Teaching by topic Vs teaching by subject
The education system sitting pretty on top of the world league has again hit headlines with a drastic change to its system. Subject specific lessons are already being phased out for 16-year olds, instead teaching consists of topics which include elements of maths, languages, writing & communication skills. The redesign of the system comes as officials recognise the ‘new wave’ of job roles require an alteration to the system. The education system that many of us in the West celebrate is to prepare students for ‘traditional’ job roles. As we see an economical shift into the digital age, employers demand quick-thinking, logical workers who have a preference for applied knowledge. This shift has also seen the rise of cross-subject topics, which sees an increased demand for diverse, well-rounded teachers.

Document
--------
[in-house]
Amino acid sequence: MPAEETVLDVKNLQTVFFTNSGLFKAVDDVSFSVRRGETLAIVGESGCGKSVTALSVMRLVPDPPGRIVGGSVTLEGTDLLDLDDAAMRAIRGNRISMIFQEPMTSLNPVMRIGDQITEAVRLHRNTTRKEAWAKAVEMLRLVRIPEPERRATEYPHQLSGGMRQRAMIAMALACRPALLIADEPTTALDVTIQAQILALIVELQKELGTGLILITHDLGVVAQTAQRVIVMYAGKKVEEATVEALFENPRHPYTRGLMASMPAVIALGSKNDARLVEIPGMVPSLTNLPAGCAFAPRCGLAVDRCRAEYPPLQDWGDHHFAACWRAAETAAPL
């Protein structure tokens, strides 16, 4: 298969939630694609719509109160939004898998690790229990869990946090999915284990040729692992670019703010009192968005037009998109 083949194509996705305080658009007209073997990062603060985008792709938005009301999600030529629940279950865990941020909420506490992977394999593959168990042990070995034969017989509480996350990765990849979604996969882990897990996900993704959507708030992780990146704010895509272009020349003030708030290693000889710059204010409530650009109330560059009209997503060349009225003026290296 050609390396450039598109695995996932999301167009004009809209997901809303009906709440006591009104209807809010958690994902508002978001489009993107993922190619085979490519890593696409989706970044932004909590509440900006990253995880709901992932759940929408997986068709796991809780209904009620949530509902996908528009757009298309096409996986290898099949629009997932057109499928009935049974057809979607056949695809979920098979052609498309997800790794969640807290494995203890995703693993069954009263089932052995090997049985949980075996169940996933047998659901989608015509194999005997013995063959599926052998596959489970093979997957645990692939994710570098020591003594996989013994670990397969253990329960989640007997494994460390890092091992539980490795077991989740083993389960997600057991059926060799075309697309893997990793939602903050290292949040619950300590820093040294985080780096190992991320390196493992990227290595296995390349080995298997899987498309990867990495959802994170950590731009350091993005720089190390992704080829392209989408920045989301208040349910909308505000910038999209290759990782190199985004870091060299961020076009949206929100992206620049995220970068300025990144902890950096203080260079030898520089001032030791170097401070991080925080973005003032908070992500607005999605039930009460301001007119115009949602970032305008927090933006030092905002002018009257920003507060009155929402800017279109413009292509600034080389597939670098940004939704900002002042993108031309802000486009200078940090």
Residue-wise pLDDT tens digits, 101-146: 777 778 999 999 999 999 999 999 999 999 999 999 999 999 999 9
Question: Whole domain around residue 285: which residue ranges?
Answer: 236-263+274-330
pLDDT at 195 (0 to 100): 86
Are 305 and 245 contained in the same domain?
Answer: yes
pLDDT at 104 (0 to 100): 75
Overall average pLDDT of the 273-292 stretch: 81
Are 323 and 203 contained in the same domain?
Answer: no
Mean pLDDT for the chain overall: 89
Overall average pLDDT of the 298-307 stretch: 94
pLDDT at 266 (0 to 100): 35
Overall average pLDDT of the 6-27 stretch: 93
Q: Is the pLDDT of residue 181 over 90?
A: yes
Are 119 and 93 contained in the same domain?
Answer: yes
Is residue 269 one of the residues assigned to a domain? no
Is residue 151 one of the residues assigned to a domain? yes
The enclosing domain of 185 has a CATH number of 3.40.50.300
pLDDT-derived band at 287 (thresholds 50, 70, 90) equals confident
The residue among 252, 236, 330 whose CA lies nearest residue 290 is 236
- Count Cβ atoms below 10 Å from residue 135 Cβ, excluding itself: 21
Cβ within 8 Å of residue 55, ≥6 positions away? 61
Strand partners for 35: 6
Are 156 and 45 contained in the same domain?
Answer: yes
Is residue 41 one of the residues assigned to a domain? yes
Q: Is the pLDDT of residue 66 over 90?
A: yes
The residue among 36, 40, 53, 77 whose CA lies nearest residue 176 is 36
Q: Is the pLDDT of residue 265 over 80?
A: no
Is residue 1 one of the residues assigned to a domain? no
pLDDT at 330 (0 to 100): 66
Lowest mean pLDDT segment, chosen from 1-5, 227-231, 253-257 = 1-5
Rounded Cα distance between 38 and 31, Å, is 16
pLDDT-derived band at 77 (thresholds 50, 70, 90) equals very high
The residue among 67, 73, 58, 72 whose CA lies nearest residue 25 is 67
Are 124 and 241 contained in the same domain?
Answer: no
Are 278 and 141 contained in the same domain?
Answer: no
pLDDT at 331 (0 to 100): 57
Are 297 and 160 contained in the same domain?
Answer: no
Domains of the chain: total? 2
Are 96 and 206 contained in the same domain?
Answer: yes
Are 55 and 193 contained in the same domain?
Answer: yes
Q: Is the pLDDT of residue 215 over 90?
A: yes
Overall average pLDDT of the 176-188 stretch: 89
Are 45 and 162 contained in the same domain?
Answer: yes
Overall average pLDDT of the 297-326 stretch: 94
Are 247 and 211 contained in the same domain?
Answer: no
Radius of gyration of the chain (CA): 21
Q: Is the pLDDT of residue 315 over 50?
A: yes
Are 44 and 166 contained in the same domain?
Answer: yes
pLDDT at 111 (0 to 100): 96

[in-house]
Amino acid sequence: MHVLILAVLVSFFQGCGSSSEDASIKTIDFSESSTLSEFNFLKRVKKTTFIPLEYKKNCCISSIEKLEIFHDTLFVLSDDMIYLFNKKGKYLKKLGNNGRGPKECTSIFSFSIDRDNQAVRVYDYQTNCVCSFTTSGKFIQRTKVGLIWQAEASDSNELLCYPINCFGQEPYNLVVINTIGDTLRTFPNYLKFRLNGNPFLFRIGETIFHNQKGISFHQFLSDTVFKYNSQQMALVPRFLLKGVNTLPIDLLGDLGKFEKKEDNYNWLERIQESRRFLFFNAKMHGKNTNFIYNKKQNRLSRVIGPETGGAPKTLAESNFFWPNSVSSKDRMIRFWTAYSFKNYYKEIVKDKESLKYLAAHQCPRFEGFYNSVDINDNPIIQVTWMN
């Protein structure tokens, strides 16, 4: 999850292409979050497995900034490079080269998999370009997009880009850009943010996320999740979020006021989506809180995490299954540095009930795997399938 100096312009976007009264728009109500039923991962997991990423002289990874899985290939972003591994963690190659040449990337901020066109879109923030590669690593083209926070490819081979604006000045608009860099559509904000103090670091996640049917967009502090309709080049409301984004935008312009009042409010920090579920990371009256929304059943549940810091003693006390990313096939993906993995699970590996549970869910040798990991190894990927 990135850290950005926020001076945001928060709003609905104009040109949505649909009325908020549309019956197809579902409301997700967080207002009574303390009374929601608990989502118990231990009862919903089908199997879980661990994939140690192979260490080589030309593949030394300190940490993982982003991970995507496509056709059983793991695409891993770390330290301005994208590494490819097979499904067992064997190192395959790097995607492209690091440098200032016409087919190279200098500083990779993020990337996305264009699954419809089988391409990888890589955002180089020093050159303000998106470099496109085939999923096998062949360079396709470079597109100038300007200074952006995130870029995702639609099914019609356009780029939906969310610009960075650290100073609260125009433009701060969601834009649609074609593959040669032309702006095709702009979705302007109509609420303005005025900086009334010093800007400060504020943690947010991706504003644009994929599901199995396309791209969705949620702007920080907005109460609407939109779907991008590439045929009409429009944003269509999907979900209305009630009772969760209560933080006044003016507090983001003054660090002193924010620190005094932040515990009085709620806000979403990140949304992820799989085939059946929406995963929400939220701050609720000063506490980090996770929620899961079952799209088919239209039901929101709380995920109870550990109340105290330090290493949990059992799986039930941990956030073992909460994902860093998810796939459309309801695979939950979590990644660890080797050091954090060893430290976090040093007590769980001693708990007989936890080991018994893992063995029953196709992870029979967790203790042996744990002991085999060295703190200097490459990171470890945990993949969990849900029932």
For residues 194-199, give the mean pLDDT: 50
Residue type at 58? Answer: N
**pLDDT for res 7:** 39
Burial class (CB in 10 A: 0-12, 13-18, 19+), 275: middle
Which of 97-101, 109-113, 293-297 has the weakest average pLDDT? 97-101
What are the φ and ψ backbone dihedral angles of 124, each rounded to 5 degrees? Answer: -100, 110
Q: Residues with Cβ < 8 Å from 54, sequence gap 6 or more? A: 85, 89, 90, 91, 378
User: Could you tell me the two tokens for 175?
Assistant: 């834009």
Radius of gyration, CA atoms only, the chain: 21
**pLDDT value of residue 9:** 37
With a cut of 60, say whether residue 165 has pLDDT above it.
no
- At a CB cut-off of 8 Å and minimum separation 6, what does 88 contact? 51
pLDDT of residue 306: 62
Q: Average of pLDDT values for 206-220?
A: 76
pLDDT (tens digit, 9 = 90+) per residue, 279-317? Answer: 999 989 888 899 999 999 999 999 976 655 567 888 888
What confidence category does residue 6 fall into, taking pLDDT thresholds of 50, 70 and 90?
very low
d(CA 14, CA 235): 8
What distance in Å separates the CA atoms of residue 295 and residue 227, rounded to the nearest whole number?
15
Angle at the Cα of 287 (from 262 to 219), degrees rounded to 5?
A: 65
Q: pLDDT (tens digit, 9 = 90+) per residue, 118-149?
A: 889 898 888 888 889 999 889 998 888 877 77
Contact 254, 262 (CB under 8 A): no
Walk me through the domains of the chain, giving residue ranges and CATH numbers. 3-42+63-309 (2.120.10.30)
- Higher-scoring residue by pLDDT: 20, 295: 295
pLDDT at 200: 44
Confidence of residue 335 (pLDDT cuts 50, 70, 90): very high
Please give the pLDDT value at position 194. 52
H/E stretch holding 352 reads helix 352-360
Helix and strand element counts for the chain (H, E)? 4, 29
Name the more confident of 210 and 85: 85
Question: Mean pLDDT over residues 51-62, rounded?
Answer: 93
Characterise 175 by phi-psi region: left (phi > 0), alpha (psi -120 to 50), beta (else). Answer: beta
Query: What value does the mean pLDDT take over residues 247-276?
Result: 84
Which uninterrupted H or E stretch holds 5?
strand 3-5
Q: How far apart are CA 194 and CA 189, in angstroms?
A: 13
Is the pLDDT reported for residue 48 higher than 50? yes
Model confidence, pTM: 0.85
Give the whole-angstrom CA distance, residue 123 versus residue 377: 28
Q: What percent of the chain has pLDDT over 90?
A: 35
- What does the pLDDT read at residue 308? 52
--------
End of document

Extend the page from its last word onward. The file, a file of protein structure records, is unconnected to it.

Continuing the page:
The crème of the crop
In Finland, teaching jobs are hard to come by - you need to be passionate, linguistically talented as well as highly educated. Only 11% of teaching applicants are accepted, meaning competition is fierce. Curriculum structure embraces flexibility and teachers have the ability to decide how they teach without challenge.
Start them old!
In the Western world, it is generally assumed children begin their educational journey at the age of 4. In Finland, children start school at the age of 7. The Finish believe that motivation is lost earlier as children are not biologically ready for commitment.
It’s a myth that students in Finland have less exams and assignments. The truth is teachers don’t teach for the sole purpose of passing exams. Instead students are taught to think logically, research and dive deeper into the subject. Independent learning combined with highly motivating and diverse techniques are used to avoid ‘textbook’ learning and ‘exam machines’.
We are constantly bombarded with messages that our students are stressed and drowning in homework. The education system here believes that students should learn in school, not in their spare time, so they tend to give them little or no homework at all.
Food is fuel
We know that healthy and nutritional meals make for better learners. In Finland, school meals are free (paid through taxation), so no one is left without a meal.
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